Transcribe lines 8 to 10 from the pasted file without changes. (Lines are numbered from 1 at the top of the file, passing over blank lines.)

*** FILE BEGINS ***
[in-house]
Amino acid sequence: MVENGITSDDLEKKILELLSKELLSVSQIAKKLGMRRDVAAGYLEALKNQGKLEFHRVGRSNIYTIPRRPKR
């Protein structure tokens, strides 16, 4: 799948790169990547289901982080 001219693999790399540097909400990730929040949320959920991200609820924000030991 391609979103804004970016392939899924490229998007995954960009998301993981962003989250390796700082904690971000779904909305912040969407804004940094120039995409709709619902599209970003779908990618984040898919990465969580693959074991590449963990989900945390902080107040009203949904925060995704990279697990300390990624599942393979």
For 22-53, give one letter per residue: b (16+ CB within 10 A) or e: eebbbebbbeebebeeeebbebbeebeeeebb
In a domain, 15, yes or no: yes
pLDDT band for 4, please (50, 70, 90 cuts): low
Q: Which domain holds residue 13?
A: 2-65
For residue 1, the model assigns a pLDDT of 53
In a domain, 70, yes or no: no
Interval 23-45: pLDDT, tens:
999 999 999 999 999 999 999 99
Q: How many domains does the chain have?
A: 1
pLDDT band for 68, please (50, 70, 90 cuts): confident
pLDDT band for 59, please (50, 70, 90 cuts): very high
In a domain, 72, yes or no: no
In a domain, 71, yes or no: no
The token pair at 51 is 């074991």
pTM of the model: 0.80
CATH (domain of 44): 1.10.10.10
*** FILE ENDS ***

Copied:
A: 2-65
For residue 1, the model assigns a pLDDT of 53
In a domain, 70, yes or no: no